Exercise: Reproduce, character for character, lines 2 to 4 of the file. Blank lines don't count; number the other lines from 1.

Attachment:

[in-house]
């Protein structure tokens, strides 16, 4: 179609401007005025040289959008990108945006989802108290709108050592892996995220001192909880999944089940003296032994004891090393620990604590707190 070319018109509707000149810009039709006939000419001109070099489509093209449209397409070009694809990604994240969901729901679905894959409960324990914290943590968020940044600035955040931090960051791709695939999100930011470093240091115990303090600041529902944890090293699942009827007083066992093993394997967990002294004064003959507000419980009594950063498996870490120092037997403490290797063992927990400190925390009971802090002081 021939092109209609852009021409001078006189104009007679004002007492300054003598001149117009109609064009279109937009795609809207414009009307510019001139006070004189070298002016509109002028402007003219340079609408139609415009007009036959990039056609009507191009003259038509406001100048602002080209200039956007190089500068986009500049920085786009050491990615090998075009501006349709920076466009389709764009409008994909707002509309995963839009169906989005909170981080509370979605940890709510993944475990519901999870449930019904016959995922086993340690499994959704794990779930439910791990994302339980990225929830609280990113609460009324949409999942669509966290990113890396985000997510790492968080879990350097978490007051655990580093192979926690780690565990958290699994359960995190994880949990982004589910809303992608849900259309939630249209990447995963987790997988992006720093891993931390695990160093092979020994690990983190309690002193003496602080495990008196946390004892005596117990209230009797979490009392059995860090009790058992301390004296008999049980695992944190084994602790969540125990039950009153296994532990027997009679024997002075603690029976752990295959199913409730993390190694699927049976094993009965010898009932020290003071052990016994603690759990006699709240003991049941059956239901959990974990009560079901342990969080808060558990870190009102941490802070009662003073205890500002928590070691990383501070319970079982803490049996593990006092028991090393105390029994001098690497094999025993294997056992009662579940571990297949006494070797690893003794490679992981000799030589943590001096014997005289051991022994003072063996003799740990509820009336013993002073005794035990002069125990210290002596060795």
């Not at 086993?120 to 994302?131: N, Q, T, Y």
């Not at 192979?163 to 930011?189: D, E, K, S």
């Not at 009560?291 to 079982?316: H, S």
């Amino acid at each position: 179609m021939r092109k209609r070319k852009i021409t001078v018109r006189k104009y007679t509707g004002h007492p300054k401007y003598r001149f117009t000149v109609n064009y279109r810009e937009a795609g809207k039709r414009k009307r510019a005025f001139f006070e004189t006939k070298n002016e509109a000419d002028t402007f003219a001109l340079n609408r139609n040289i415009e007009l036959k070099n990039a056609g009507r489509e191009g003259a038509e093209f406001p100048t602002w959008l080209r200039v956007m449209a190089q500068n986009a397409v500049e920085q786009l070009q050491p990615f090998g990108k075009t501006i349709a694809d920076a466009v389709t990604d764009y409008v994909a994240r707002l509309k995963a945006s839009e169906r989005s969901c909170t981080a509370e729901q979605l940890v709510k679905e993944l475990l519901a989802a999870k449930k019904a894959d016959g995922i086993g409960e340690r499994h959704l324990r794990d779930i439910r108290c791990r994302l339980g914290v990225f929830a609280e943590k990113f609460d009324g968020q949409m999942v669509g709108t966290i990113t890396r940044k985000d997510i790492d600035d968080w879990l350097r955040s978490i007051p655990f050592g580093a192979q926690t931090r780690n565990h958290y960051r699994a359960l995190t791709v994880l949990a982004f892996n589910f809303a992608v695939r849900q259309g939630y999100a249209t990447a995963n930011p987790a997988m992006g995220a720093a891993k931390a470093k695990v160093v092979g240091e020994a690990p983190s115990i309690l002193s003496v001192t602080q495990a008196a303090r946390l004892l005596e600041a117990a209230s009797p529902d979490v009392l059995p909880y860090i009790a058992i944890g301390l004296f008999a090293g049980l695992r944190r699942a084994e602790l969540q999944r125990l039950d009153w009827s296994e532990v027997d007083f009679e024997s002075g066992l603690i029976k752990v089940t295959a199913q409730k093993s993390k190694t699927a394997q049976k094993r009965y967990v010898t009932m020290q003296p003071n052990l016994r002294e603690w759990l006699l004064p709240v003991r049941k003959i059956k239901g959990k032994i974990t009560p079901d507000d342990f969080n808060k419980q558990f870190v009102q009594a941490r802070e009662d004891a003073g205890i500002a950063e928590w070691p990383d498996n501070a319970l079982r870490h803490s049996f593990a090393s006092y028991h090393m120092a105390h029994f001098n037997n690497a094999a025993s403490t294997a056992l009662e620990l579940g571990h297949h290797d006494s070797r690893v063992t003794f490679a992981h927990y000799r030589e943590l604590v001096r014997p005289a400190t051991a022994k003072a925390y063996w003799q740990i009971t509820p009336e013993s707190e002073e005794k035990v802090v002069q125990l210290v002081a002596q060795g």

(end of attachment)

């Protein structure tokens, strides 16, 4: 179609401007005025040289959008990108945006989802108290709108050592892996995220001192909880999944089940003296032994004891090393620990604590707190 070319018109509707000149810009039709006939000419001109070099489509093209449209397409070009694809990604994240969901729901679905894959409960324990914290943590968020940044600035955040931090960051791709695939999100930011470093240091115990303090600041529902944890090293699942009827007083066992093993394997967990002294004064003959507000419980009594950063498996870490120092037997403490290797063992927990400190925390009971802090002081 021939092109209609852009021409001078006189104009007679004002007492300054003598001149117009109609064009279109937009795609809207414009009307510019001139006070004189070298002016509109002028402007003219340079609408139609415009007009036959990039056609009507191009003259038509406001100048602002080209200039956007190089500068986009500049920085786009050491990615090998075009501006349709920076466009389709764009409008994909707002509309995963839009169906989005909170981080509370979605940890709510993944475990519901999870449930019904016959995922086993340690499994959704794990779930439910791990994302339980990225929830609280990113609460009324949409999942669509966290990113890396985000997510790492968080879990350097978490007051655990580093192979926690780690565990958290699994359960995190994880949990982004589910809303992608849900259309939630249209990447995963987790997988992006720093891993931390695990160093092979020994690990983190309690002193003496602080495990008196946390004892005596117990209230009797979490009392059995860090009790058992301390004296008999049980695992944190084994602790969540125990039950009153296994532990027997009679024997002075603690029976752990295959199913409730993390190694699927049976094993009965010898009932020290003071052990016994603690759990006699709240003991049941059956239901959990974990009560079901342990969080808060558990870190009102941490802070009662003073205890500002928590070691990383501070319970079982803490049996593990006092028991090393105390029994001098690497094999025993294997056992009662579940571990297949006494070797690893003794490679992981000799030589943590001096014997005289051991022994003072063996003799740990509820009336013993002073005794035990002069125990210290002596060795």
């Not at 086993?120 to 994302?131: N, Q, T, Y």
């Not at 192979?163 to 930011?189: D, E, K, S």